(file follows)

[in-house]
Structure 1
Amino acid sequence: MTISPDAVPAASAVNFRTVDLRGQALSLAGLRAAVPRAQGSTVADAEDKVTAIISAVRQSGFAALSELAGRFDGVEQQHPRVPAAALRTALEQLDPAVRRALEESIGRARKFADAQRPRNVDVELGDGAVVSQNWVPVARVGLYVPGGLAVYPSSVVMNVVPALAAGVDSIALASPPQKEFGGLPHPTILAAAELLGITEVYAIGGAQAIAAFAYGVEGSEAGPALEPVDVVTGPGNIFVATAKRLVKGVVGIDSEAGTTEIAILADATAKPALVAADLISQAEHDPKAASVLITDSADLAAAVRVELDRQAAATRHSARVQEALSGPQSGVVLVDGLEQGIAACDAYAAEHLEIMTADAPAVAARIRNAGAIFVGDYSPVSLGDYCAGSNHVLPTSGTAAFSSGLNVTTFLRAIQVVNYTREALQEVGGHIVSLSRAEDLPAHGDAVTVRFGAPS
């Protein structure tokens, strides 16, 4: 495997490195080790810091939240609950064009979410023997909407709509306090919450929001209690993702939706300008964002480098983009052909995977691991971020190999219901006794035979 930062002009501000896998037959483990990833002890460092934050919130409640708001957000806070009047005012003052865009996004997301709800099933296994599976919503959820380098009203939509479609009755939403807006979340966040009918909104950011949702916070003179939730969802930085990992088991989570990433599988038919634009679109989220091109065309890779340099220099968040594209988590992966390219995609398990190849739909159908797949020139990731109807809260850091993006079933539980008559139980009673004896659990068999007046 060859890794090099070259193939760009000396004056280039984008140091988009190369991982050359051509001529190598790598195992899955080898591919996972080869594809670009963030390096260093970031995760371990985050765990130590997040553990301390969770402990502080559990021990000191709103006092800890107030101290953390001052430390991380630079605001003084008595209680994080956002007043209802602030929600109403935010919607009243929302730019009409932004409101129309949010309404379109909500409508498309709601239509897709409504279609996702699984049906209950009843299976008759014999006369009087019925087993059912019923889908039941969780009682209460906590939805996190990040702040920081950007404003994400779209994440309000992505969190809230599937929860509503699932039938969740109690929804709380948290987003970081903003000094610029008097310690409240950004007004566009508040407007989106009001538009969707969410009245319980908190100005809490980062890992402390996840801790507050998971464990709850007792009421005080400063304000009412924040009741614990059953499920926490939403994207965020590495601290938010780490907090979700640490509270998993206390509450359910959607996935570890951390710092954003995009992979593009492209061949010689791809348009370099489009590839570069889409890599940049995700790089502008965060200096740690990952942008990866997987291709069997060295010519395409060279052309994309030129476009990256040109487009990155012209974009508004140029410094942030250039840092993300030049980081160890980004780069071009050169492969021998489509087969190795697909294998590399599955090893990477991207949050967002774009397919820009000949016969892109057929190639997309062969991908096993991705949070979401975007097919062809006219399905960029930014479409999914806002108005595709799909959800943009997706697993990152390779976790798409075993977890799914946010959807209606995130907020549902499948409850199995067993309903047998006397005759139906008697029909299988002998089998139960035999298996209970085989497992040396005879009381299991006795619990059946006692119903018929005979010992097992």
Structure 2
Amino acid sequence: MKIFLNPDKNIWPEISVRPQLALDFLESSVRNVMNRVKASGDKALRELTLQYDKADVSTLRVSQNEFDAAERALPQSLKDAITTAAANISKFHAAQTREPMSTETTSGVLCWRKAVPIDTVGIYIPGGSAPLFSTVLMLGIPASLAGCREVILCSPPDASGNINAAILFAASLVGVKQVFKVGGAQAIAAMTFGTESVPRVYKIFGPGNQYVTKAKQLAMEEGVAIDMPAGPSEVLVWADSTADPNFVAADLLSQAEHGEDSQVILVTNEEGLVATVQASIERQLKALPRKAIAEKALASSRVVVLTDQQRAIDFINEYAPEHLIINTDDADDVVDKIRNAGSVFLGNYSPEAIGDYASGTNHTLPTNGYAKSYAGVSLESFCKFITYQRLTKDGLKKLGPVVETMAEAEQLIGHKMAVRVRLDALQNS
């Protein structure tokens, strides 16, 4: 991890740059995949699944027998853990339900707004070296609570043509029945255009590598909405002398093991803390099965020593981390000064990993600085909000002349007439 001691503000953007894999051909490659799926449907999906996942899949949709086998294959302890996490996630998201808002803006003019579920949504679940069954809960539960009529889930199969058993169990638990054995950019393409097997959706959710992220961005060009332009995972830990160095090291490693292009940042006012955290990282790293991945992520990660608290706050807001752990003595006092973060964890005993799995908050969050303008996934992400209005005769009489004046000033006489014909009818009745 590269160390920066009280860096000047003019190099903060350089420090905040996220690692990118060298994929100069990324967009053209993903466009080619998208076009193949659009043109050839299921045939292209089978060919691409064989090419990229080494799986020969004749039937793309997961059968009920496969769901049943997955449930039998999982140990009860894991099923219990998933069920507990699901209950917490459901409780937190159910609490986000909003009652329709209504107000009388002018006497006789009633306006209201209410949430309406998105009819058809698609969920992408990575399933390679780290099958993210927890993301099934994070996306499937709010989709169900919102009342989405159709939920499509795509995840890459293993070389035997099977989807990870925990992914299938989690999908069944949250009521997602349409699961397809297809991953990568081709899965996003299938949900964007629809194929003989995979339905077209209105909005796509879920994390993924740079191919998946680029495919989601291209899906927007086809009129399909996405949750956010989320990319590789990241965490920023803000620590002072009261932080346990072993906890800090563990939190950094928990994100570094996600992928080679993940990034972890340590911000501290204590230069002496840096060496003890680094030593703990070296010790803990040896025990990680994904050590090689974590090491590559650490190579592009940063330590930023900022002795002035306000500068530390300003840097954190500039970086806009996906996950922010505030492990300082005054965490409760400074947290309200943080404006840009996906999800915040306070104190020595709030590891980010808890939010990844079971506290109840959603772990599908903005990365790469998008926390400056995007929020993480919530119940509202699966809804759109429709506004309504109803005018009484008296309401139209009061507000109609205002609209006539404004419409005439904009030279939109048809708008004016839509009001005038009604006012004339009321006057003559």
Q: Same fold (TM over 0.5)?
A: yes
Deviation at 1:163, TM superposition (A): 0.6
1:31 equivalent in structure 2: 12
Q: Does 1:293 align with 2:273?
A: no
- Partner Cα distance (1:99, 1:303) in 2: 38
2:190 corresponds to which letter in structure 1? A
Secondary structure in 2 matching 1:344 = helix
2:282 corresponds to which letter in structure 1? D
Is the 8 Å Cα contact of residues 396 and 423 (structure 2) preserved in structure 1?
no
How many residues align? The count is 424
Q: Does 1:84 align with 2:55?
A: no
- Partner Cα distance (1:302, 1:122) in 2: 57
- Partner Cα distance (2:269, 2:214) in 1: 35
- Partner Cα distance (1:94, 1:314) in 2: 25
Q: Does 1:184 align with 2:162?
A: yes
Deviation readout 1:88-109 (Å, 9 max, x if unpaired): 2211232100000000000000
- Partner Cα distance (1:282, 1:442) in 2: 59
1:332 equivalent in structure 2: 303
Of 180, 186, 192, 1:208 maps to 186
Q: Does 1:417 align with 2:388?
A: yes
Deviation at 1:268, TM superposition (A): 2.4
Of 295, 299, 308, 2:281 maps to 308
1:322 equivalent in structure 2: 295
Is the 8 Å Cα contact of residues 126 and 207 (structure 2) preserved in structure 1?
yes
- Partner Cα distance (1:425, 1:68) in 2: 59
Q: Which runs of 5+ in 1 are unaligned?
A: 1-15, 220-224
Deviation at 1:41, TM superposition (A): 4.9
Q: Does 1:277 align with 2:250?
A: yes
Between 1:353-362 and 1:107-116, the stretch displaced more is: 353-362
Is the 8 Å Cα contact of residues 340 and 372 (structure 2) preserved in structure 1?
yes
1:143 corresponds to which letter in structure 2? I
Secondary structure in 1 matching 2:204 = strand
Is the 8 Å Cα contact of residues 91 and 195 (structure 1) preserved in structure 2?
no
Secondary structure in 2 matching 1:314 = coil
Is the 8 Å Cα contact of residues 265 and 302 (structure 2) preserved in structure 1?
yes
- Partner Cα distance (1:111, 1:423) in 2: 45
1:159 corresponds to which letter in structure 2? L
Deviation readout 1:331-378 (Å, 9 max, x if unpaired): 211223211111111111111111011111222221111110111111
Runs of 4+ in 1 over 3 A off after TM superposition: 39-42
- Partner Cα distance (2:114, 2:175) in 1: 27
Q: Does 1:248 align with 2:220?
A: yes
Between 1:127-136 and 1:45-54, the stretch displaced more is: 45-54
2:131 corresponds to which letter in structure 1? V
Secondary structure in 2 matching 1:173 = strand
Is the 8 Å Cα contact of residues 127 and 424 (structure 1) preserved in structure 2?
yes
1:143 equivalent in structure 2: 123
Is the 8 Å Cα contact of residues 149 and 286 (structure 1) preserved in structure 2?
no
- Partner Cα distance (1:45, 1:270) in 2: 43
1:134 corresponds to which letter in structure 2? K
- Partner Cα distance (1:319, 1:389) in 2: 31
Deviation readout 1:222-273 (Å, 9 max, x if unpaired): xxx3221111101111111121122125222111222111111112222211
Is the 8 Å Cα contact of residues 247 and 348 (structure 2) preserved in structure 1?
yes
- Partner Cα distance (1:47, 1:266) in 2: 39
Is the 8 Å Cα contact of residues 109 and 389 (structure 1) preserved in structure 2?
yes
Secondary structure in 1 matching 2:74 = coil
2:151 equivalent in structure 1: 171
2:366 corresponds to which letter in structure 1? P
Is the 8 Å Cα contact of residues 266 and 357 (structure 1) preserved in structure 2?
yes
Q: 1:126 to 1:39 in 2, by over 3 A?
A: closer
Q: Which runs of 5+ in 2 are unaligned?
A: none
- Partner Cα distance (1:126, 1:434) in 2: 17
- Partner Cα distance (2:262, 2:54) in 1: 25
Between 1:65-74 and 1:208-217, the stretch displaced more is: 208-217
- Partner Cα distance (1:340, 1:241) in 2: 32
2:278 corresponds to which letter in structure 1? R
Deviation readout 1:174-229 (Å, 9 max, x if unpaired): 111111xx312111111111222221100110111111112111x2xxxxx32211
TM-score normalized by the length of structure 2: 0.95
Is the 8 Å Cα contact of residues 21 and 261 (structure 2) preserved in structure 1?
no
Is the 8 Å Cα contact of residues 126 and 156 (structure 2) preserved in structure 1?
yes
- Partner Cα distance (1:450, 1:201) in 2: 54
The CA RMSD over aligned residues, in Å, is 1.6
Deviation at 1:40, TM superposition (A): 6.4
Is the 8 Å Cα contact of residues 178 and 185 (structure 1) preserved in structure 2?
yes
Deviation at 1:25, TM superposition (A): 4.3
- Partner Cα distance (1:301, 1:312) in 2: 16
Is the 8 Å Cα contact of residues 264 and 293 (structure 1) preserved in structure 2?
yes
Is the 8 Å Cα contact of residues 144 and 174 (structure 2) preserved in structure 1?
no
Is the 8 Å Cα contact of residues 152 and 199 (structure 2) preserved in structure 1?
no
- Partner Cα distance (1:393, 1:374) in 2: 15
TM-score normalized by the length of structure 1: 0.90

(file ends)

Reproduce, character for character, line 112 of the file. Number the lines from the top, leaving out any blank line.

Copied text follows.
- Partner Cα distance (1:393, 1:374) in 2: 15